In short, the stem is flexible to conform to the bends of the user’s ear canal without obstructing the sound tube-like Spinfits for a more transparent sound and stable fit, excellent stuff. GAudio includes a nice acrylic tip holder to keep things organised. In addition, the user will find the Satin Audio cable and cleaning tool. It’s a very premium and professional experience.

Design –

Surely, the Nair represents one of the most visually appealing earphones on the market. The shells are a gorgeous 3-piece aluminium design – an ebb and flow of curves. They pursue a pseudo-custom design with anti-helix fin for fit stability and elongated nozzles for a strong seal and consistent sound. The shells are relatively light but perfectly sturdy in the hand and the only hint that this product isn’t from an industry veteran is the very slight mismatching of the faceplates and shells. That said, this did not cause discomfort for my ears and Nicola has made it clear that the tolerances are closer on each subsequent batch. An acrylic window denotes the model, the Nair being white, the Clariden being black. These are undoubtedly some of the nicest universal shells currently on the market.

The earphones employ a 0.78mm removable cable system and, as aforementioned, Satin Audio’s Hyperion is included in the box. Though I am not familiar with the original cable, no corners appear to have been cut for mass manufacturing. The cable is thin and light but sturdy with well-anchored terminations and even some visible strain relief. The wire is highly compliant with zero memory and good tangle resistance too on account of a slight springiness. There are no ear guides but a kink just above the connectors that routes the cable over the back of the ear. It is supple enough not to spring over, achieving flawless comfort and stability. Altogether, a highly premium package from an upper-midrange IEM.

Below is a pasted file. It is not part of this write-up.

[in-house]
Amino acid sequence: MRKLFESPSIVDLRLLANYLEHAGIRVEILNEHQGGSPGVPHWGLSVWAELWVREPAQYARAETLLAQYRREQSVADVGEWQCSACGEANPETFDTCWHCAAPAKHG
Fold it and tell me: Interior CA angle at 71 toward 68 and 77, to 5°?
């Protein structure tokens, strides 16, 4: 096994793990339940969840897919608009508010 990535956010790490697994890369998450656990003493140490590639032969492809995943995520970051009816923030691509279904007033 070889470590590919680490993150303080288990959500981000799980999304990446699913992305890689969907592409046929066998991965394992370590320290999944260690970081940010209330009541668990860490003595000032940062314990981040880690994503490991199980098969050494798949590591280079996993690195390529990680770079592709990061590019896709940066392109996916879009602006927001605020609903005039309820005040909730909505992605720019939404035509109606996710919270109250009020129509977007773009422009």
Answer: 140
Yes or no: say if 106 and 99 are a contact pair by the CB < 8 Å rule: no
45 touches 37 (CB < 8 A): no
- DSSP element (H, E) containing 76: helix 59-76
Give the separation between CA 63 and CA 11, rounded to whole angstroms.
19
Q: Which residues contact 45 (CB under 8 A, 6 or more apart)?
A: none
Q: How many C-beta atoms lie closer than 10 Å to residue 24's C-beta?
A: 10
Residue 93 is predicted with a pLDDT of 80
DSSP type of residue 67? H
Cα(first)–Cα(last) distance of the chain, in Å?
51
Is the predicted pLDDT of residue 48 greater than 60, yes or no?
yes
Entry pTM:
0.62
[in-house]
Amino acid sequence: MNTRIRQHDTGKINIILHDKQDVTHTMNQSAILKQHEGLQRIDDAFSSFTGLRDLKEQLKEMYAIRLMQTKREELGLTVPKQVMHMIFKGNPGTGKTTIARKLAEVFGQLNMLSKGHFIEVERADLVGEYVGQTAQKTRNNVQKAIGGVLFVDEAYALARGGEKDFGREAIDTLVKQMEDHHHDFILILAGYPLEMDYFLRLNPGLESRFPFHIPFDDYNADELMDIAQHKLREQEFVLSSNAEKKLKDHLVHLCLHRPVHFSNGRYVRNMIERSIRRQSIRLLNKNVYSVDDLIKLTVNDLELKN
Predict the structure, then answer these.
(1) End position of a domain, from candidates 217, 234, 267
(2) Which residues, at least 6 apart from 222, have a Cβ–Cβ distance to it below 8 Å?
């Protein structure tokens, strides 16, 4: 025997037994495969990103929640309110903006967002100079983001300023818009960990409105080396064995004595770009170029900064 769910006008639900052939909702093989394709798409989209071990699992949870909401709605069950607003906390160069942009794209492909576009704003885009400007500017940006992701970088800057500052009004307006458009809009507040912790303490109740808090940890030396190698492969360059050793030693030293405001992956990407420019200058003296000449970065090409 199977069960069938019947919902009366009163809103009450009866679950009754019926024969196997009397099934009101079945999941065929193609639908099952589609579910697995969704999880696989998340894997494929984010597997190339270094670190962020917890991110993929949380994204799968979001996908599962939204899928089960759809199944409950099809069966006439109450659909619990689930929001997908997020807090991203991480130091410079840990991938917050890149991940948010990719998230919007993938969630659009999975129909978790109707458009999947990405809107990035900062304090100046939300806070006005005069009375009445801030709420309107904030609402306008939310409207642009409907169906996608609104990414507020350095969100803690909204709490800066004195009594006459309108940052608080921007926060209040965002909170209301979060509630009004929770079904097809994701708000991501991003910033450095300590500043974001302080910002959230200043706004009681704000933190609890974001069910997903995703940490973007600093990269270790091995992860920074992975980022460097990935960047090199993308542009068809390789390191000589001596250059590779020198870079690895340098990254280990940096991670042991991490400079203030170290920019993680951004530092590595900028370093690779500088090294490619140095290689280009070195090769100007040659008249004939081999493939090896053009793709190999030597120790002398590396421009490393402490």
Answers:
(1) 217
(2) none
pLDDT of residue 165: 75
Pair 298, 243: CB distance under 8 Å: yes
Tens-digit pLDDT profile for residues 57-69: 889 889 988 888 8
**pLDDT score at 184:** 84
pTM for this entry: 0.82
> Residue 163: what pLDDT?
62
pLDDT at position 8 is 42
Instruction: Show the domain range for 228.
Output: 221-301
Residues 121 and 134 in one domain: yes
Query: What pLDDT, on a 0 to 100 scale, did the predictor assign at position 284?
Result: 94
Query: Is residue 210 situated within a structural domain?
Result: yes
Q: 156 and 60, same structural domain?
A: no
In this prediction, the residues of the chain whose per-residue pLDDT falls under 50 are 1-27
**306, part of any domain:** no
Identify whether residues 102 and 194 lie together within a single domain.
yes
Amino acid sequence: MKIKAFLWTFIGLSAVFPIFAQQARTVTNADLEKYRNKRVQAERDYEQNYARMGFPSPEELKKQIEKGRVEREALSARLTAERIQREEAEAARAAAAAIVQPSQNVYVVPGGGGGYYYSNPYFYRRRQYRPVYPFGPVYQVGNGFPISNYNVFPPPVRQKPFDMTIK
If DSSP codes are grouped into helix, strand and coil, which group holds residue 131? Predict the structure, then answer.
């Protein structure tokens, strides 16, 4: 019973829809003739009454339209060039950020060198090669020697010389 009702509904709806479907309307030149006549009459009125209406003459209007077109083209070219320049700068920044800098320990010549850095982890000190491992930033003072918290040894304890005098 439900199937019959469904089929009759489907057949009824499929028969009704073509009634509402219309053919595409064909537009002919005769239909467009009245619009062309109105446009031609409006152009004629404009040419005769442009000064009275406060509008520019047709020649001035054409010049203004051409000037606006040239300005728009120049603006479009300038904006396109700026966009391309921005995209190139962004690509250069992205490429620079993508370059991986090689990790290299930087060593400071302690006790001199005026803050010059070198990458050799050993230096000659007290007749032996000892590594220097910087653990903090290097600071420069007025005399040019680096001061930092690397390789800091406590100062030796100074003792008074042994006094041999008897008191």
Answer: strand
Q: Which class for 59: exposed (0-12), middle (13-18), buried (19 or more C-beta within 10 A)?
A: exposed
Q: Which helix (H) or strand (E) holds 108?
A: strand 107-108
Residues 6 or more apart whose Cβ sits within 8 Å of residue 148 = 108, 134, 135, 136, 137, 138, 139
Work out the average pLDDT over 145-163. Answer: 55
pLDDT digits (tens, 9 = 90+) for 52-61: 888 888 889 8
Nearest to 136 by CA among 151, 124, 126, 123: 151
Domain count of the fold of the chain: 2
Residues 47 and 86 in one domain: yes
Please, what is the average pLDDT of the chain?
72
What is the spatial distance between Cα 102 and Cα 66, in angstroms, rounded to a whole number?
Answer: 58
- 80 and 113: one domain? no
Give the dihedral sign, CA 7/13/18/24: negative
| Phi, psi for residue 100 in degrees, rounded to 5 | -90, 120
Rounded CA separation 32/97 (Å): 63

Fit & Isolation –

Another highlight of the Nair is its fit which, much like its design, is some of the best I’ve come across. The long nozzles are very well-angled which positions the slightly wider housings neutrally in the ear. The fin does indeed aid fit stability with a very locked-in sensation once fit. I didn’t experience any issues with seal nor comfort, with no hotspot formation over time, they were a great complement to my daily productivity at home or a portable companion when on the go.


What helps with this versatility is their excellent passive noise isolation. The long nozzles promote a deep fit which, in culmination with a dense metal and fully-sealed design, produces some of the best isolation I’ve experienced from a uni. With foam tips, these isolate almost as much as a custom, it’s terrific. If I have one caveat it’s that the nozzles are on the larger side which does limit fit depth to some degree. However, I didn’t experience any issues with fit stability or comfort because of this. The GAudio IEMs are ergonomically excellent.

Next Page: Sound, Comparisons & Verdict



Ryan Soo

Ryan Soo

Avid writer, passionate photographer and sleep-deprived medical student, Ryan has an ongoing desire to bring quality products to the regular reader.